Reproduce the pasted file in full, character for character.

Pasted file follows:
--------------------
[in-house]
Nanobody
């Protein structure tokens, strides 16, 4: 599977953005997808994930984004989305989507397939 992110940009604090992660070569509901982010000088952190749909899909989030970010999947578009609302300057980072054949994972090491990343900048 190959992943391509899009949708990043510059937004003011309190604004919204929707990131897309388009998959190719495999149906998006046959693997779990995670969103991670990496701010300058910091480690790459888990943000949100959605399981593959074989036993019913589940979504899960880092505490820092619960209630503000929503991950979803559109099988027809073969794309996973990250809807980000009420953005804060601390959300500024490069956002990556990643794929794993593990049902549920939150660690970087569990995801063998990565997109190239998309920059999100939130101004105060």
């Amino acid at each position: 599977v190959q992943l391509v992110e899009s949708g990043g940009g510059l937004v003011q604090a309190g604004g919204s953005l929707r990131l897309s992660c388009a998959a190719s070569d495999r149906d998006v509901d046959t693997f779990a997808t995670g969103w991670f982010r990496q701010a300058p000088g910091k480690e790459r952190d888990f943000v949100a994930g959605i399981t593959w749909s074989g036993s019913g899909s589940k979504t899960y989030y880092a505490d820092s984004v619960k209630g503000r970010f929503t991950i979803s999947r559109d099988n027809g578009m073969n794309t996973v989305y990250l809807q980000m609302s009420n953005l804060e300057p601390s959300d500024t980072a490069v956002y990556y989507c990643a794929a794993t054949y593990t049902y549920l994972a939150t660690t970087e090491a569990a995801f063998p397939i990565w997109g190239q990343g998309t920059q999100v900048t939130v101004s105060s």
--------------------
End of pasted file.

[in-house]
Nanobody
């Protein structure tokens, strides 16, 4: 599977953005997808994930984004989305989507397939 992110940009604090992660070569509901982010000088952190749909899909989030970010999947578009609302300057980072054949994972090491990343900048 190959992943391509899009949708990043510059937004003011309190604004919204929707990131897309388009998959190719495999149906998006046959693997779990995670969103991670990496701010300058910091480690790459888990943000949100959605399981593959074989036993019913589940979504899960880092505490820092619960209630503000929503991950979803559109099988027809073969794309996973990250809807980000009420953005804060601390959300500024490069956002990556990643794929794993593990049902549920939150660690970087569990995801063998990565997109190239998309920059999100939130101004105060």
């Amino acid at each position: 599977v190959q992943l391509v992110e899009s949708g990043g940009g510059l937004v003011q604090a309190g604004g919204s953005l929707r990131l897309s992660c388009a998959a190719s070569d495999r149906d998006v509901d046959t693997f779990a997808t995670g969103w991670f982010r990496q701010a300058p000088g910091k480690e790459r952190d888990f943000v949100a994930g959605i399981t593959w749909s074989g036993s019913g899909s589940k979504t899960y989030y880092a505490d820092s984004v619960k209630g503000r970010f929503t991950i979803s999947r559109d099988n027809g578009m073969n794309t996973v989305y990250l809807q980000m609302s009420n953005l804060e300057p601390s959300d500024t980072a490069v956002y990556y989507c990643a794929a794993t054949y593990t049902y549920l994972a939150t660690t970087e090491a569990a995801f063998p397939i990565w997109g190239q990343g998309t920059q999100v900048t939130v101004s105060s």